East L.A. Classic headed to Rose Bowl?

The East Los Angeles Classic, the annual football game between Garfield and Roosevelt high schools, could be heading to Pasadena.

“Don’t be surprised if we’re standing over there at this time next year,” said Garfield Principal Jose Huerta, pointing to the Rose Bowl logo on a shirt during a news conference to promote Friday’s game at East Los Angeles College.

“We’re having discussions with the Rose Bowl. They’d love to have us, and we’re interested to see what they have to offer.”

At the high school level, the Rose Bowl has long been the home of the annual Turkey Tussle between Pasadena and Muir high schools.

The East L.A. Classic has been played mostly at East L.A. College Stadium after it was built in 1951 and has attracted capacity crowds of 20,000 since the 1960s. After a brief four-year run at the Coliseum, the east side rivals reluctantly returned to East L.A. in 2004 and have played there since.

Both schools are unhappy with the costs of playing the game there, which includes rent and city permit fees for police and traffic enforcement assessed by the city of Monterey Park, where the college is located. The schools have also complained that they don’t share in revenue from food and beverage concessions and parking.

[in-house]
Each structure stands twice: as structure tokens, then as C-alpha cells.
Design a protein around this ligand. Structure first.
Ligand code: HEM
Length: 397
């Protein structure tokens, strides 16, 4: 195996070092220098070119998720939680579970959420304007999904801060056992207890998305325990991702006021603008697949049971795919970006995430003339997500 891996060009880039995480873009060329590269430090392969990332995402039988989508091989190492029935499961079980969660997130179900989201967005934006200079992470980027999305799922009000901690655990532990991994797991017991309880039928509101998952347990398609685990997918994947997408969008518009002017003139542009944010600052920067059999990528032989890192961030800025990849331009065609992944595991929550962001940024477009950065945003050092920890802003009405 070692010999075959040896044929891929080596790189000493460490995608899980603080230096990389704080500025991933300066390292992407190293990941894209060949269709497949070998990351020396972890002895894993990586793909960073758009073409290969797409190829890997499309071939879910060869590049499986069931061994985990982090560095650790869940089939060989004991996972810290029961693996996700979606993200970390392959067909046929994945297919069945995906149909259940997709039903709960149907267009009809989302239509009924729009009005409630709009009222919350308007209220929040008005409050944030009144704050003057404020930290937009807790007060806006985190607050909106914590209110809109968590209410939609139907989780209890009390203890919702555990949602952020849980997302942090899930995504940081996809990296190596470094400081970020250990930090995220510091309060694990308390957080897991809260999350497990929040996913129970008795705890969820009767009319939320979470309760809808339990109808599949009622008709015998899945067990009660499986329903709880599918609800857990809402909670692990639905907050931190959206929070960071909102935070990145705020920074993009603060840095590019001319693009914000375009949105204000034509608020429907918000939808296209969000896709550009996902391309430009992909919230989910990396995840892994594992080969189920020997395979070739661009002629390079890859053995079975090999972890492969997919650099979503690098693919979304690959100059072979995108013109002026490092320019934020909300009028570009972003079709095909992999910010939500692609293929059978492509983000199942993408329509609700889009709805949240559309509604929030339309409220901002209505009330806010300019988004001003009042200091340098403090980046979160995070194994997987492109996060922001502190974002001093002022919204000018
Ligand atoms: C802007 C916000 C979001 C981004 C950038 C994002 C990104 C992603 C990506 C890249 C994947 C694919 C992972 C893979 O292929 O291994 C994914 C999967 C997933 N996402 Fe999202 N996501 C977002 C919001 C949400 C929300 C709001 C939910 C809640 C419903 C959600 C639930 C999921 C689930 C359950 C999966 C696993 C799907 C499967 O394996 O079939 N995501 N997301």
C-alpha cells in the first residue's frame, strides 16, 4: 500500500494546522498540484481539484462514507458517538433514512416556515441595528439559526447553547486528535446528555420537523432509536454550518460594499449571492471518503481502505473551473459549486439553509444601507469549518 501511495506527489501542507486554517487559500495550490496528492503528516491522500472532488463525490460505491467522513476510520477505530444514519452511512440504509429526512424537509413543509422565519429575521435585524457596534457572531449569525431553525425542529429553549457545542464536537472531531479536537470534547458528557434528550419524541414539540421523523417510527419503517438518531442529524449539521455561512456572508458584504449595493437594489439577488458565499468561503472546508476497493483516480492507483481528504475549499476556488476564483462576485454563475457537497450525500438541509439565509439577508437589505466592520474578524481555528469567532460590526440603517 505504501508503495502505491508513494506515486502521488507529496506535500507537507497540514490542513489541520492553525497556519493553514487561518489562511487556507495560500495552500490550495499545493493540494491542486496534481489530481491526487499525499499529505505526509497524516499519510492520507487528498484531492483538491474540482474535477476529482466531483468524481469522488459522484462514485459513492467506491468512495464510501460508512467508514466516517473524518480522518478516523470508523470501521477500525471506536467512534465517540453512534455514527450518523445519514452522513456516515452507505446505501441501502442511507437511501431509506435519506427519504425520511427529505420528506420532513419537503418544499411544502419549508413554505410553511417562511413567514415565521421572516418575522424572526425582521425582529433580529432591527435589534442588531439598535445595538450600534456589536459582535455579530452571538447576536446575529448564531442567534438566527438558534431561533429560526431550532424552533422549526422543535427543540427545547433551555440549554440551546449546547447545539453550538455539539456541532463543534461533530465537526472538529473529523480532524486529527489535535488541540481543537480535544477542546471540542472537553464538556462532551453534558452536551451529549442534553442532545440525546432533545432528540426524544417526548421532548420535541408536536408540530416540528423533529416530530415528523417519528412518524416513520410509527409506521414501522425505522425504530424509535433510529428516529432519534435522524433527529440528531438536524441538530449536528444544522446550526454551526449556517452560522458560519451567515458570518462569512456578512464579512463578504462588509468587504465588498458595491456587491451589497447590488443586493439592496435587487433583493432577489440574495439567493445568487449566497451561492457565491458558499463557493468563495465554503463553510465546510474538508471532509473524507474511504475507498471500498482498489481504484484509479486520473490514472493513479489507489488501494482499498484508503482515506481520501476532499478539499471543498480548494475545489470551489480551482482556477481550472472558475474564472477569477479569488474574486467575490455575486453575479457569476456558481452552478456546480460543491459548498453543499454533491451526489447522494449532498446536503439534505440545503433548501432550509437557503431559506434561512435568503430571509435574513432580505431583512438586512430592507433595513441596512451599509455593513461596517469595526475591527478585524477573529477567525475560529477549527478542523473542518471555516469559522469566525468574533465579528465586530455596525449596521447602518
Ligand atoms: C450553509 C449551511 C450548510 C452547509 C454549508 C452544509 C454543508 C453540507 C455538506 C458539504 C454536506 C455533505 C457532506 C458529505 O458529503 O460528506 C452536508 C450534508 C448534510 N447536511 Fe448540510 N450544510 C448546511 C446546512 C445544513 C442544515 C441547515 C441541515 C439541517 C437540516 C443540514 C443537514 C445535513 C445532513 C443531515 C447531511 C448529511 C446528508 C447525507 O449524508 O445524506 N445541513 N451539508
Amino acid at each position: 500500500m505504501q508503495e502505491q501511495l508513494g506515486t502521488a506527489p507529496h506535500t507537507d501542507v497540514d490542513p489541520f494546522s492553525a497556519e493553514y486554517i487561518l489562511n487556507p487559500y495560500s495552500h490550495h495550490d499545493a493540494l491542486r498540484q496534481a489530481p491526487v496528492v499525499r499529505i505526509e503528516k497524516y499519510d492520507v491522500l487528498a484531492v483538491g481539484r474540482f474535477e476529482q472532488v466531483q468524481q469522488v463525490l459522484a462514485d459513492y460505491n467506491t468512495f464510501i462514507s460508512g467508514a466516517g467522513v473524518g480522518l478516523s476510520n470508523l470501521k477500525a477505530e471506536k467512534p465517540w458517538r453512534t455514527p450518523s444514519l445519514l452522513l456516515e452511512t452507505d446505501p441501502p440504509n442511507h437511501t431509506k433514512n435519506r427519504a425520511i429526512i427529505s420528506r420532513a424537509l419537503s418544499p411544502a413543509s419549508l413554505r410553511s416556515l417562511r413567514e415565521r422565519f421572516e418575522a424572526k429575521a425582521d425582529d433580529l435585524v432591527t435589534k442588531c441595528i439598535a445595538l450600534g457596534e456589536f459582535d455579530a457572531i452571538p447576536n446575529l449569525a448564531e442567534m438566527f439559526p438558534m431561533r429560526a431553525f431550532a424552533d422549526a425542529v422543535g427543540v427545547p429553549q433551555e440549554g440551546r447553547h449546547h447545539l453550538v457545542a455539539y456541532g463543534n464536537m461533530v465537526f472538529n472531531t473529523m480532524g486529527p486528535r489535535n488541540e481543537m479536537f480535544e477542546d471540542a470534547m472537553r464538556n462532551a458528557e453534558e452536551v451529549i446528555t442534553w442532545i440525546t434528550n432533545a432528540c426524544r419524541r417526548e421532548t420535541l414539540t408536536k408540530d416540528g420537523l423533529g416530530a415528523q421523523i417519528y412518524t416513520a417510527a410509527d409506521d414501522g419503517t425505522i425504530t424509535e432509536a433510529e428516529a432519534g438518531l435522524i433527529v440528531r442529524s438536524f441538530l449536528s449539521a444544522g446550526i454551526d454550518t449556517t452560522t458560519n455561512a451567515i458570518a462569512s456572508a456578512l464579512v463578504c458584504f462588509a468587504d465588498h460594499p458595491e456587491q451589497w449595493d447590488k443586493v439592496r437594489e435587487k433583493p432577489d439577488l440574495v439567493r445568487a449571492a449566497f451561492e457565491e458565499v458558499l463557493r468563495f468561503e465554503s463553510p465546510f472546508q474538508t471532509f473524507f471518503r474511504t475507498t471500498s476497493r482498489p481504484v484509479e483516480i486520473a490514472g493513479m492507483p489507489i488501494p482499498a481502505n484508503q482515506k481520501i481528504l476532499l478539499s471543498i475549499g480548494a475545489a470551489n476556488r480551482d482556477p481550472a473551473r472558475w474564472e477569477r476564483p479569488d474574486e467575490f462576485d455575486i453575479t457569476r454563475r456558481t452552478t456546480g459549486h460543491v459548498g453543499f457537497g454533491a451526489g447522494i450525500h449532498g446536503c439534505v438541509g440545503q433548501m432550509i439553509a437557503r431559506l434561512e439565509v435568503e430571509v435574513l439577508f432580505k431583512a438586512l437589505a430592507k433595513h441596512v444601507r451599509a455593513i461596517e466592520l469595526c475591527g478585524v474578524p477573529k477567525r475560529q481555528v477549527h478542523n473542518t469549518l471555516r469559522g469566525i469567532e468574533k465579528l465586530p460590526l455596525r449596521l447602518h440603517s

“We need to get a better relationship with the college,” Huerta said.

Roosevelt Principal Sofia Freire would like to see the game stay at East L.A..

“The game belongs here,” she said. “But if there’s a stadium that is more viable for us, then we should consider it.”

The schools previously have held discussions with the Rose Bowl about moving the game, billed as the biggest high school football game west of the Mississippi River. They went as far as to announce a move to the historic stadium in the Arroyo Seco in 1994, but it never materialized.

The teams continued to play at the college before moving to the Coliseum after the 1999 game. An estimated 33,000 took in the first game in the cavernous Coliseum. But although no figures were ever announced, attendance appeared to drop to much less than what it drew at East L.A.